The Reading / La Seduta, 2017
With Gus Moran, Nia Nottage, Farhan Islam, Nudrat Mahajabin, Katya Dokurova, Charlotte Lewis, Sandra Wazaz, Shao Lei, Amir Akram, Amanata Williams and Tina Zavitsanos
Adelita Husni-Bey’ s work addresses complex questions about race, class, and gender, often drawing inspiration from anarchist education theories and innovative teaching methods. Her projects are grounded in collective creative processes, such as role-playing, workshops, and group undertakings, which have involved students, athletes, lawyers, and activists. The task of an artist, in Husni-Bey’ s view, is to set up situations and experiments where the participants – and through them, the viewers – can come to terms with their own relationship to the social and economic power dynamics of our era.
Her piece for the Italian Pavilion, titled The Reading / La Seduta, was developed through a workshop held in Mannahatta (Lenape territory, known as Manhattan, New York) with a group of young people, selected via an open call circulated among a number of museum education departments around the city. This workshop, which took place in February 2017, included a series of meetings, discussions, and experimental theater exercises. Working with the artist and the other facilitators, the participants reflected on their own connections to the environment and to the exploitation of the earth, examining a series of complex questions related to ideas of extraction, threat, technology, use, value, and vulnerability. These themes appear in the video in the form of a tarot deck designed by the artist herself during the recent indigenous protests against the construction of a pipeline near the Standing Rock Reservation.
In the video, the participants, who are seated around a table, draw inspiration from a tarot reading performed with Husni-Bey’ s deck to talk about their own spiritual, colonial, and technological relationships to the earth and land. The artist uses the tarot reading as both a magical and a pedagogical tool: the young people – who in the video are seeing these cards for the first time – contrast an efficiency-based, capitalistic mindset, which views the earth as a source of profit to be mined, with a vision of it as something closely intertwined with human life, to be treasured and protected. The film cuts between the discussion around the table and scenes in which the participants perform a series of exercises inspired by themes adopted during the initial workshop, and based on the Theater of the Oppressed. Alongside the video, a series of sculptures – luminescent silicone hands – seems to suggest the advent of a virtual, prosthetic future, hinting at our own involvement in the consumption of resources and in new forms of colonization.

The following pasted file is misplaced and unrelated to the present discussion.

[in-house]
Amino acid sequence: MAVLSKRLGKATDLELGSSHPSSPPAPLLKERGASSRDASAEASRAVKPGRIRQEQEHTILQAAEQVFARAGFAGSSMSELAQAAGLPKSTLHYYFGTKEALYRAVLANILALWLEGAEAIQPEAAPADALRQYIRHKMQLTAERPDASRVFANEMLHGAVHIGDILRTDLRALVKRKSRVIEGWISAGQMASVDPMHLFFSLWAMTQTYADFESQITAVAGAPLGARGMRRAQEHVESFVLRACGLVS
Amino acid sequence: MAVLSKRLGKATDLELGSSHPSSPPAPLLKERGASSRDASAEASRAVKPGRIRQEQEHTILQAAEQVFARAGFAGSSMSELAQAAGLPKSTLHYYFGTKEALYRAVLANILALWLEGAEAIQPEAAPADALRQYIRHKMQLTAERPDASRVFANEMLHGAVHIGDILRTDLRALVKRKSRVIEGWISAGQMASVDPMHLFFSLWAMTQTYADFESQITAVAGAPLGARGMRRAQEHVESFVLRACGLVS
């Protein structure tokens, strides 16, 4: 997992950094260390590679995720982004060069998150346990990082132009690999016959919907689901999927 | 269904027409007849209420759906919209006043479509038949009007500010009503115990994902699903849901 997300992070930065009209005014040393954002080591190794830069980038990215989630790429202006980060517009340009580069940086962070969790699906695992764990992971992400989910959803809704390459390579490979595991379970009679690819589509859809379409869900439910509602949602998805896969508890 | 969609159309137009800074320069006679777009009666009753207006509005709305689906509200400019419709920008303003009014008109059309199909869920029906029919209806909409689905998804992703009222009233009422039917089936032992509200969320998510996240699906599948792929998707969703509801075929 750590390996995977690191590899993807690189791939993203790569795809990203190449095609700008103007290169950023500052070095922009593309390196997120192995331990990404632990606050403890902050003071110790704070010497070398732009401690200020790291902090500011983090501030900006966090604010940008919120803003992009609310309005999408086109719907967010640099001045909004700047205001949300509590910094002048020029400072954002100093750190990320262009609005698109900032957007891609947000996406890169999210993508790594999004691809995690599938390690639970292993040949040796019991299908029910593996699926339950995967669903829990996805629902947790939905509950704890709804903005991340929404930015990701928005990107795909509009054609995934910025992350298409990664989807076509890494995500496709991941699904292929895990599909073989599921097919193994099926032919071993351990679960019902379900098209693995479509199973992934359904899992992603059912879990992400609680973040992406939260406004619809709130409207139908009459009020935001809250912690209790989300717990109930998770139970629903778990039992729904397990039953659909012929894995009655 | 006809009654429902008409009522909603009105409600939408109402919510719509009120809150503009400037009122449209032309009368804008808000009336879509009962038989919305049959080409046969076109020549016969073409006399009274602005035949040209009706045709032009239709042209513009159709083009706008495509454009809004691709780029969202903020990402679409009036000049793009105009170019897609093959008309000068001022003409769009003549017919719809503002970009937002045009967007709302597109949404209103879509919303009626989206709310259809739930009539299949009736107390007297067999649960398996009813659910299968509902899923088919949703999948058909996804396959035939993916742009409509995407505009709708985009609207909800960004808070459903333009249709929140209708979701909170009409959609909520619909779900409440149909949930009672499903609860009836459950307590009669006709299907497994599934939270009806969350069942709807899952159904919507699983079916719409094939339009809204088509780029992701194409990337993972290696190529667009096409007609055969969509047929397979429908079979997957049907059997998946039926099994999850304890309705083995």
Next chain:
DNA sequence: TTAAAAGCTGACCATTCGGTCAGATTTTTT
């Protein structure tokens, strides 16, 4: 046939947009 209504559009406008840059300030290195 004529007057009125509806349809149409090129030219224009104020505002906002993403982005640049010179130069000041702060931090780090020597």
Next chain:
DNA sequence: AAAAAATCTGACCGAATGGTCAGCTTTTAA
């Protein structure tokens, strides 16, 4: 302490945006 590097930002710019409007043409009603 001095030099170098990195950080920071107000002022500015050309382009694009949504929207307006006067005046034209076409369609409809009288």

Born 1985, Milan. Based in New York.
Husni-Bey’ s After the Finish Line, was recently acquired by the Whitney Museum in New York. The artist received a Graham Foundation grant for 2016 and is currently working with the Serpentine Gallery, London, on the project Dependence, Independence, Isolation, to be developed further in 2017.
Her most recent solo exhibitions include A Wave in the Well, Sursock Museum, Beirut, 2016; The Classroom, curated by Paola Nicolin, Milan, 2016; Movement Break, Kadist Foundation, San Francisco, 2015; Playing Truant, Gasworks, London, 2012.
She has taken part in group shows, including The Eighth Climate, 11th Gwangju Biennale, 2016; Ennesima, curated by Vincenzo de Bellis, Triennale di Milano, Italy, 2015; Really Useful Knowledge, Museo Reina Sofía, Madrid, 2014; Utopia for Sale?, curated by Hou Hanru, MAXXI, Rome, 2014.